Memory, cognitive flexibility, and ageing

People born between 1946 and 1964 (‘‘baby boomers’’) are entering retirement in large numbers. This has major implications both for the individuals and for society.


This project aims to investigate whether chronic exercise in middle-aged mice can improve extinction and/or reinstatement of conditioned fear compared to standard housing.

One serious consequence is natural changes in the brain that accompany ageing, especially in a region called the hippocampus. This structure is known to play an important role in memory formation and storage, and is vulnerable to damage throughout life. It is well-known that regular exercise can support the formation of new brain cells in the hippocampus, and this has implications for learning and cognition.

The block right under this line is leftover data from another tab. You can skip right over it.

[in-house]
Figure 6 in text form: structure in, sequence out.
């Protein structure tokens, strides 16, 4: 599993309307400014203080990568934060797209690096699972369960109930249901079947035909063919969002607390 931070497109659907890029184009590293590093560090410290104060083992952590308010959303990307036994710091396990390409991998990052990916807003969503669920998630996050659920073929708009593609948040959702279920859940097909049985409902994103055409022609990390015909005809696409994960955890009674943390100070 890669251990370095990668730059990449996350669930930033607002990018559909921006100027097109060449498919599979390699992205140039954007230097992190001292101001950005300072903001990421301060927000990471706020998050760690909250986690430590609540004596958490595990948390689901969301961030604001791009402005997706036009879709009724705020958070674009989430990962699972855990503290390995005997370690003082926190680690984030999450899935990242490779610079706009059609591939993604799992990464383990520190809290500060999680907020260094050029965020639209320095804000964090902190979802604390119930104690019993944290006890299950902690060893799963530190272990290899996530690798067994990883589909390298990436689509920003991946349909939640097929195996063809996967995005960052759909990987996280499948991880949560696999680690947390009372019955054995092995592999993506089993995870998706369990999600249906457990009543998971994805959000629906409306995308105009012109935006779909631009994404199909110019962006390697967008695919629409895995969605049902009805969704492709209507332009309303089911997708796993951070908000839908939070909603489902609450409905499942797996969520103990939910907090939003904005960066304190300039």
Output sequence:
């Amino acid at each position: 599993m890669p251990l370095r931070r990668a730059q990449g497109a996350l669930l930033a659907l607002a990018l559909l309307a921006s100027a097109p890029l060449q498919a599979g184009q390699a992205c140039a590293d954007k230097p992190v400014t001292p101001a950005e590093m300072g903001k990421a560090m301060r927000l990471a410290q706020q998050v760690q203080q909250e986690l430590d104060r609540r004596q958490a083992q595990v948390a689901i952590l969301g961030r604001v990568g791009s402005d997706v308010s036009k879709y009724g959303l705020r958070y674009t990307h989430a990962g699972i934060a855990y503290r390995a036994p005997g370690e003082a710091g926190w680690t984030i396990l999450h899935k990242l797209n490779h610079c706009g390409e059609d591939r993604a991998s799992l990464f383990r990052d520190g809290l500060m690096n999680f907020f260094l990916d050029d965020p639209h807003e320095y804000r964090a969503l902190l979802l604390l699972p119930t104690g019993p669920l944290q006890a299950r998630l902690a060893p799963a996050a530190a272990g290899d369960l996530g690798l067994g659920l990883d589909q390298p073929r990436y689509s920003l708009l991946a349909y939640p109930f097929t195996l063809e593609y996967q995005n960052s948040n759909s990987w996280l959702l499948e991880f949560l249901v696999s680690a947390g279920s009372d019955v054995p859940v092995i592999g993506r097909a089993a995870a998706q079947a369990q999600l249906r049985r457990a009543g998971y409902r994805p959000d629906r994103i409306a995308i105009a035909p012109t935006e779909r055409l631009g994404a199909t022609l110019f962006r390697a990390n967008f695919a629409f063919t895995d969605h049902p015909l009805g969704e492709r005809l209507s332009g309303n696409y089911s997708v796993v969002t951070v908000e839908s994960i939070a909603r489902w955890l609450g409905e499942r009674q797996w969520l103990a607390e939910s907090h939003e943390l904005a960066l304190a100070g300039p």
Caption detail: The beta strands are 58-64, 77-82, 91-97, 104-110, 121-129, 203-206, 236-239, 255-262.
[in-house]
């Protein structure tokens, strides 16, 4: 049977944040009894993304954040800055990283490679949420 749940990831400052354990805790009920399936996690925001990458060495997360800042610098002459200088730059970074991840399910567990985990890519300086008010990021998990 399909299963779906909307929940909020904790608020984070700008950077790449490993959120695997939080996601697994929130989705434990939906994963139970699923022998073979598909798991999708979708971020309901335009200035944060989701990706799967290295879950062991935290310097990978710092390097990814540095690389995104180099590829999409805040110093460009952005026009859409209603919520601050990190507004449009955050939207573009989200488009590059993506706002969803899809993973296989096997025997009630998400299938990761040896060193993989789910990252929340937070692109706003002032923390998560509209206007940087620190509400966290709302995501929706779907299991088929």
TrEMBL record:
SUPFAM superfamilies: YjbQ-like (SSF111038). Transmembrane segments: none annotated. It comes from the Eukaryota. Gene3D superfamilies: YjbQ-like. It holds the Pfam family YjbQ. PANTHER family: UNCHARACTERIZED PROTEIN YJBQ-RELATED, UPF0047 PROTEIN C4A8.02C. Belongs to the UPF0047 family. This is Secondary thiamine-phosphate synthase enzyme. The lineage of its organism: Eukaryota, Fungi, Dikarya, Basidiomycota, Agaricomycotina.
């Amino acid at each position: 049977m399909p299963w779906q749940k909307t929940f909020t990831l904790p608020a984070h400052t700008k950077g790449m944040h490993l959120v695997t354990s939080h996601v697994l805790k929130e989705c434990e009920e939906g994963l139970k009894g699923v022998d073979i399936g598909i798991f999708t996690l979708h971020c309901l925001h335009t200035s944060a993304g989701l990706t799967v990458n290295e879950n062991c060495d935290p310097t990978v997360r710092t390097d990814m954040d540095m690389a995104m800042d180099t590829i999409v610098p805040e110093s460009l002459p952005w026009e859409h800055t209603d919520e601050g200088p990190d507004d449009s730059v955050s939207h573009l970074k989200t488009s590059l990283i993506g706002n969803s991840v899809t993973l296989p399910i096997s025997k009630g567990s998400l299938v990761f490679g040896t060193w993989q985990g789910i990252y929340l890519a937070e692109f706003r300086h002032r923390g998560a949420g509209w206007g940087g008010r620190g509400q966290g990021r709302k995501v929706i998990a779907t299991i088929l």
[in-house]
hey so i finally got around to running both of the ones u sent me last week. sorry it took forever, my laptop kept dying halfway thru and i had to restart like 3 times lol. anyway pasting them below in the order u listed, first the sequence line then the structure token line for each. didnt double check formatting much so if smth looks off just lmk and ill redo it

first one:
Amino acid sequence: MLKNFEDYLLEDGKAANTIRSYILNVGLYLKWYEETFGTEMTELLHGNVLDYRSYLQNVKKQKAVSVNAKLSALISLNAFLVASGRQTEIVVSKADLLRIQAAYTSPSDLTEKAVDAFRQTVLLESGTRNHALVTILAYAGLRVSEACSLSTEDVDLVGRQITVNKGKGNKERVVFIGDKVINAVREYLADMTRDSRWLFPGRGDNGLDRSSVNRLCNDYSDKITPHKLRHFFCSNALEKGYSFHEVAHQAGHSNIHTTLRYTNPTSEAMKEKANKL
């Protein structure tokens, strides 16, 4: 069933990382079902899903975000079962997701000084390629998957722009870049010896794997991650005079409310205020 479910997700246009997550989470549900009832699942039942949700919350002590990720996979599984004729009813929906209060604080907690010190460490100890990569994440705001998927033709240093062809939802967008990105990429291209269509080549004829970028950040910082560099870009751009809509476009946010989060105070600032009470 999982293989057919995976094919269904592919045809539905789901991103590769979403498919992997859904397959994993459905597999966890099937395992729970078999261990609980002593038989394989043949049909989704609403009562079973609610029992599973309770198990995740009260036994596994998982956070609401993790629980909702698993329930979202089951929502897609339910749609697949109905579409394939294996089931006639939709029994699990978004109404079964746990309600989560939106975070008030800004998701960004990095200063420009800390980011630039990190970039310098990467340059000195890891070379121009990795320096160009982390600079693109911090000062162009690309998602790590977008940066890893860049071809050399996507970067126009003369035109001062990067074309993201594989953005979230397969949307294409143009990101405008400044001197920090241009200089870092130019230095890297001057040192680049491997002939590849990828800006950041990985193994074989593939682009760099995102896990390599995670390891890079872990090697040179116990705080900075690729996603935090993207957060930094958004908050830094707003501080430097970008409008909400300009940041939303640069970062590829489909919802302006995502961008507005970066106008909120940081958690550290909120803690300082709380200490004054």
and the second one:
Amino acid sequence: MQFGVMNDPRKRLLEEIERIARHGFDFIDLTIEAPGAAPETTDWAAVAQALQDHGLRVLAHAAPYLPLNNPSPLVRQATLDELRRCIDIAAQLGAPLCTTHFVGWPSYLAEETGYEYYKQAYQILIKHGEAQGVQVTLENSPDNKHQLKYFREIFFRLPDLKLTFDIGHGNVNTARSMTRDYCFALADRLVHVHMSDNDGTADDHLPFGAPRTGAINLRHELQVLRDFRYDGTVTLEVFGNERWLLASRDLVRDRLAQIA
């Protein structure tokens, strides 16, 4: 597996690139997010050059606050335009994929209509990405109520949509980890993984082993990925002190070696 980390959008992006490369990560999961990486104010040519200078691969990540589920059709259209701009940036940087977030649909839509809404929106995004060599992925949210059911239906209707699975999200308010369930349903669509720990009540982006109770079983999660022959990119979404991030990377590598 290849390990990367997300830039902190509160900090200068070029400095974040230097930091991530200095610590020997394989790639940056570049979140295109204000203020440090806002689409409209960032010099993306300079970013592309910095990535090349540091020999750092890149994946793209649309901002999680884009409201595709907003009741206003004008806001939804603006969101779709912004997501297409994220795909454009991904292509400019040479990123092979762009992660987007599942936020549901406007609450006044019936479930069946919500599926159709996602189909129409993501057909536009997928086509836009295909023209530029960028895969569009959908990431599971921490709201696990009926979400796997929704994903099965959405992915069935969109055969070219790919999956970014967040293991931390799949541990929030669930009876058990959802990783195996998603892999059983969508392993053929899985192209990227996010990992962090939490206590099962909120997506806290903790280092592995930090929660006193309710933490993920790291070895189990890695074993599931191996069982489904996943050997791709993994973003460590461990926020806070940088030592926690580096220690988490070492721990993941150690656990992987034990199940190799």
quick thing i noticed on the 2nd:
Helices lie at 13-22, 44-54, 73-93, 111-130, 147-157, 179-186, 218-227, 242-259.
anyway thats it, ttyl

In fact, the hippocampus is critical for cognitive flexibility involved in the inhibition (extinction) of conditioned fear, as well as the reinstatement of fear following extinction learning.

Results so far show that while aged mice display decreased cognitive flexibility compared to younger mice, exercise can be beneficial for reducing natural cognitive decline even when a change in lifestyle occurs later in life.

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